Kennedy and Obama:
Mirrors of a Half-Century
Translated By Jane Esi Hagan
26 January 2013
Edited by Natalie Clager
Argentina - Clarin - Original Article (Spanish)
Barack Obama, fresh off the dais after giving a fantastic inauguration speech as president of the United States, is seen as the black Kennedy. It is not true that history repeats itself. What repeats itself is the impulse of individuals and societies to repeat history. But that is not the case here.
Nevertheless, there are various common ties that link the imaginations of the two American presidents, separated by fifty-two years of history. Obama is the first person of African-American descent to attain the White House. John F. Kennedy was the first Catholic to be elected to that office, the youngest in history and the first born in the twentieth century. The youthfulness of the two, the fresh image of impact, of decisiveness, of humor, of controlled passion, among other traits, also tie one to the other. Despite this image, while Kennedy was ready to put an end to Communism during the Cold War years, Obama continues to fight a difficult war in Iraq, which he promised to end, and he put an end to bin Laden and his followers.
The two presidents faced great challenges, knowing the issues would likely not be fully resolved within their respective lifetimes. “All this will not be finished in the first one hundred days. Nor will it be finished in the first one thousand days, nor in the life of this administration, nor even perhaps in our lifetime on this planet. But let us begin.” stated Kennedy in his inaugural address on Jan. 20, 1961.
“Our journey is not complete until our gay brothers and sisters are treated like anyone else under the law …until we find a better way to welcome … immigrants who still see America as a land of opportunity …Our journey is not complete until all our children … know that they are cared for and cherished and always safe from harm” Obama stated on that frigid afternoon this past Monday in Washington, DC.
The defense of gay rights is the latest. During the Kennedy era the idea of a gay community as is known today did not even exist. Kennedy fought for the civil rights of another community: the black race. It’s difficult to know if Kennedy’s missing this issue ultimately enabled Obama to be in the White House today. However, the truth is that both inaugural speeches, separated by more than a half century, not only outline the general objectives of the Democratic Party, but also seem to have been written by the same author.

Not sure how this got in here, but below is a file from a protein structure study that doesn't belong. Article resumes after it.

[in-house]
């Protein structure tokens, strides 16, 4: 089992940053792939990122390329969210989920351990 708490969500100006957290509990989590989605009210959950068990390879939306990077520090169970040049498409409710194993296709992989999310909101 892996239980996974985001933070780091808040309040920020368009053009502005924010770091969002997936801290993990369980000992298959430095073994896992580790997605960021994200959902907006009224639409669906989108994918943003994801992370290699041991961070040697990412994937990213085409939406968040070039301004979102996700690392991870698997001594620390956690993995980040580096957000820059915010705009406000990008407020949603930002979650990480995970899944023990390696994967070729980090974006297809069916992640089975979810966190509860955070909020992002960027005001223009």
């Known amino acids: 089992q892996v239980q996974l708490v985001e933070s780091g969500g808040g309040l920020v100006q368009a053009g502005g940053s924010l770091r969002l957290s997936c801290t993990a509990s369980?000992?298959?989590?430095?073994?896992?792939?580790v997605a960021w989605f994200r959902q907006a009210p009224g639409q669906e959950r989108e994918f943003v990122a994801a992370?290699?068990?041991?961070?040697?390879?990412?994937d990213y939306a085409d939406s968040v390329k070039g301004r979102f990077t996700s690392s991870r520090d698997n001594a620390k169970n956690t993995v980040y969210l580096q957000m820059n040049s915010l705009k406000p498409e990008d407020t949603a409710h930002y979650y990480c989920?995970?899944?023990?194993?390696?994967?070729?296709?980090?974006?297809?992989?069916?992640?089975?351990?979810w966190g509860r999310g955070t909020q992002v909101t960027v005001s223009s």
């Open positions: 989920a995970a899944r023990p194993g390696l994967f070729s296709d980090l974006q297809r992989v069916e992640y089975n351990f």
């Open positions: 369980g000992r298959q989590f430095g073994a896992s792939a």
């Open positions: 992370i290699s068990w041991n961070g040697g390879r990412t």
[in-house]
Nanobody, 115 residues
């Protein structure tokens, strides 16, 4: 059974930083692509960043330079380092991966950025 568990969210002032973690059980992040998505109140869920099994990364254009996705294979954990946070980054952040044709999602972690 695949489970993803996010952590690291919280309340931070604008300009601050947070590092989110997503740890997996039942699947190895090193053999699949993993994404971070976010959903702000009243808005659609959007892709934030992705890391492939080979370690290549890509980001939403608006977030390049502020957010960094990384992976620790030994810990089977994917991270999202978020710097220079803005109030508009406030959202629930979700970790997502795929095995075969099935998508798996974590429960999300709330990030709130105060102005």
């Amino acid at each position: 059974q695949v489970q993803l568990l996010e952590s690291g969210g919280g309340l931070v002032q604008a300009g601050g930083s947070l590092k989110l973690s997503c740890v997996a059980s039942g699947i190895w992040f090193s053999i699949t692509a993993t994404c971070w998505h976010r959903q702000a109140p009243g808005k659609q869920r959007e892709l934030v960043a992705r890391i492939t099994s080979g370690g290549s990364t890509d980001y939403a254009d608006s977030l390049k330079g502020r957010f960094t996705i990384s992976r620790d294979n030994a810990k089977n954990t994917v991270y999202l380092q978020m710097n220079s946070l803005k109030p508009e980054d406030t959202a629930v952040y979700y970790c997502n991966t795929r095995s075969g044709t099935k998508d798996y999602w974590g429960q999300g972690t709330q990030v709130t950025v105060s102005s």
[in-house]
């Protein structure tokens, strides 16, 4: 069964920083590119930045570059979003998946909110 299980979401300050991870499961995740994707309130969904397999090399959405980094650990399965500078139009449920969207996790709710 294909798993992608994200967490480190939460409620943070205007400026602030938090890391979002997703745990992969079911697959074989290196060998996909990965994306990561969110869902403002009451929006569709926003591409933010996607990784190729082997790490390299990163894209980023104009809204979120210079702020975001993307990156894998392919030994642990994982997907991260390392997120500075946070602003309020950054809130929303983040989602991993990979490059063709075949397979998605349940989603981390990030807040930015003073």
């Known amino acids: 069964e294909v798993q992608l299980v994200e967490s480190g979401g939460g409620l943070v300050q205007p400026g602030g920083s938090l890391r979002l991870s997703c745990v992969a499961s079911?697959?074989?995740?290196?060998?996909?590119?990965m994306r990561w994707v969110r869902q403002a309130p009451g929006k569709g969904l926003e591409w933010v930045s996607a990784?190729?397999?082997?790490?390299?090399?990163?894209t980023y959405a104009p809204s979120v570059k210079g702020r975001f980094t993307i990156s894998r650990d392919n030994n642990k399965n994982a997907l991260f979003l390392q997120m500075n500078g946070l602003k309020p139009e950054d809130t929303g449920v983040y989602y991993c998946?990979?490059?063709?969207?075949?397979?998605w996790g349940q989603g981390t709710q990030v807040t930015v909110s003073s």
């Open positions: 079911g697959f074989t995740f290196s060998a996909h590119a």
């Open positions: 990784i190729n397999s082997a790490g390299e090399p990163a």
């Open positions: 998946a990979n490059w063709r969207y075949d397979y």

The latter is not possible. Kennedy’s speeches were written by Theodore Sorensen, who died on Oct. 31, 2010 and who is said to have constructed the sentences to emphasize Kennedy’s unmistakable Bostonian cadence. Here’s an example. In his first message Kennedy stated: “…the torch has been passed to a new generation of Americans--born in this century, tempered by war, disciplined by a hard and bitter peace, proud of our ancient heritage--and unwilling to witness or permit the slow undoing of those human rights to which this nation has always been committed, and to which we are committed…” Obama stated: “This generation of Americans has been tested by crises that steeled our resolve and proved our resilience.”
The poignant sentence “We, the people, still believe that enduring security and lasting peace do not require perpetual war” of Obama’s speech has the unmistakable marks of Kennedy’s style: “Now the trumpet summons us again--not as a call to bear arms, though arms we need--not as a call to battle, though embattled we are-- but … a struggle against the common enemies of man: tyranny, poverty, disease and war itself.”
It’s interesting how such similar speeches were generated within such different epochs. The world has changed much in a half century. What hasn’t changed much are the ideals and goals to achieve: the right to life, liberty and the pursuit of happiness, to well-being, growth, education, to work and to progress, in the words of Obama.
His rousing call to the American people for unity, “You and I, as citizens, have the power to set this country’s course. You and I, as citizens, have the obligation to shape the debates of our time -- not only with the votes we cast, but with the voices we lift in defense of our most ancient values and enduring ideals.” This synthesizes the most significant sentence of Kennedy’s inaugural speech: “ask not what your country can do for you--ask what you can do for your country.”
Kennedy knew very well to whom his speech was addressed. He spoke to a nation divided, a world in crisis living with its hand on the trigger, an American continent drowning in poverty, corruption and tyranny for which he proposed an alliance for progress, and to then archenemy the Soviet Union, with whom within some two years the United States would almost come to the brink of nuclear war.
History will tell to whom Obama’s words were addressed, although the echoes extend to the ears of those who want to listen. On Monday he made statements such as “The patriots of 1776 did not fight to replace the tyranny of a king with the privileges of a few or the rule of a mob” and “… a free market only thrives when there are rules to ensure competition and fair play” and “… a great nation must care for the vulnerable, and protect its people from life’s worst hazards and misfortune” and “We believe that America’s prosperity must rest upon the broad shoulders of a rising middle class.” He also stated that “peace in our time requires the constant advance of those principles that our common creed describes: tolerance and opportunity, human dignity and justice” and that “We cannot mistake absolutism for principle, or substitute spectacle for politics, or treat name-calling as reasoned debate.”
In almost the exact words of John Kennedy, Obama called for unity and progress.
It seems the latter would be impossible without the former.
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